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Sangalaki is a tiny island lying about 2 degree above the equator. It is about 135 miles from Tawau, Malaysia and its size is about 30 acres (slightly smaller than Sipadan). Sangalaki is surrounded by fringing reefs which extend out about 500 to 600 meters into the sea. As a result, the area of the fringing reefs is at least 10 times greater than the island itself. Sangalaki is covered with dense tropical forests with thick undergrowth, and the island is surrounded by wide sandy beaches and you can leisurely walk around the island in less than 20 minutes.
Sangalaki does not have walls like Sipadan, but the reefs drop from 3 to 4 meters to about 18 to 24 meters and up to 40 meters at some point. The corals are practically untouched and hence with display good, healthy growth. Marine life is very rich in giant manta rays, which congregate around the island and hence giving rise to the names of dive sites..manta parade..manta run etc.
Mantas are considered "ghost" fish and hence 'feared' by the local fishermen. Scientifically it would be interesting to investigate the rational behind this assembly of huge mantas, however it is also interesting to note that about 1/4 miles from the water line is the continental shelf, dropping to 150 meter depth of water.
Unoccupied by human beings, and 'feared' by local fishermen perhaps explains why huge mantas still exist around Sangalaki. Also in abundance are huge giant clam (about 1.5 - 2 meters), huge giant sea fans, giant green turtles, giant grouper, giant mating cuttle fish, reef sharks, and of course the beautiful leopard sharks too. Both macro and wide angle photographers will find the animal life fascinating .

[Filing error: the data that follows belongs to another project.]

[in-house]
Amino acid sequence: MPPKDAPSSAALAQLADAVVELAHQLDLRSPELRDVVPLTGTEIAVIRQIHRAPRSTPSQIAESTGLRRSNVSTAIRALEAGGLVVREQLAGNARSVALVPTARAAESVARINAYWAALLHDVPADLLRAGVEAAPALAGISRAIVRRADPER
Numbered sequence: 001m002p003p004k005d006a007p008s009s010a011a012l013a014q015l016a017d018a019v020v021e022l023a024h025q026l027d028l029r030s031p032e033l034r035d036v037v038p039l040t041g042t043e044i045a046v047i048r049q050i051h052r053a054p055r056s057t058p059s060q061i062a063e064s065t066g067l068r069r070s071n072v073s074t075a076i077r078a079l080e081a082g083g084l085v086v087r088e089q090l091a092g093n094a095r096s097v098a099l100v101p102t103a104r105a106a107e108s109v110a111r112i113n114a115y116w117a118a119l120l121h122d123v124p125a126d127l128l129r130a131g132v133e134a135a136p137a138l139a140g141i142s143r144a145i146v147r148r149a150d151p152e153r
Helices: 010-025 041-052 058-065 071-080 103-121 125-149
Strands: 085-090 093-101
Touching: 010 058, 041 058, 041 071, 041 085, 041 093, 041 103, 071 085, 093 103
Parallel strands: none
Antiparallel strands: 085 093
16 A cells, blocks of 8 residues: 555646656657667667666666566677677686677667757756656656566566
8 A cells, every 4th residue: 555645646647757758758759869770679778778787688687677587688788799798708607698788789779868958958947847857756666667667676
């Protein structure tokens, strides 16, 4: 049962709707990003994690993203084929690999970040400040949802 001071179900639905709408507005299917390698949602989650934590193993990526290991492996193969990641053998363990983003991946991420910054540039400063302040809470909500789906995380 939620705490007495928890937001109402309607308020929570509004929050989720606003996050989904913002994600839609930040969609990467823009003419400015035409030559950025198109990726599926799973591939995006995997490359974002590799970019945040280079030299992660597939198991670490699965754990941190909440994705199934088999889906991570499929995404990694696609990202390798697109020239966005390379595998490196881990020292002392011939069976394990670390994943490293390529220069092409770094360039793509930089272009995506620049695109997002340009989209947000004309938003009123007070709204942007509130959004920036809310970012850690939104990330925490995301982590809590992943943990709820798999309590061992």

All diving is from boats (there is no beach diving at Sangalaki), and you can expect some current especially with tide changes. This is the perfect opportunity for swimming with the mantas, which can be found even on the water's surface. (I again observed them leaping out of the water when I was there on the 25th of June). Visibility at the time was estimated around 30 meters, as confirmed by other divers. The water temperature ranges between 82 and 85 degrees F.
Sangalaki is also a major haven for nesting sea turtles. 20 to 30 landings per night (for laying eggs) are common and we have thus far recorded a high of 80 landings per night during the peak season (July through October).
Every effort will be put into conserving the turtles' nest and eggs, and we are hoping on support from the diving community. We (Borneo Divers) are again negotiating with the District Government to purchase the turtle egg concession so that the turtles can lay their eggs naturally without disturbance. Watching the tiny baby turtles fighting their way out of the sands, waddling down the beach, and swimming out to sea is a wonderful sight, and worthy of the expense.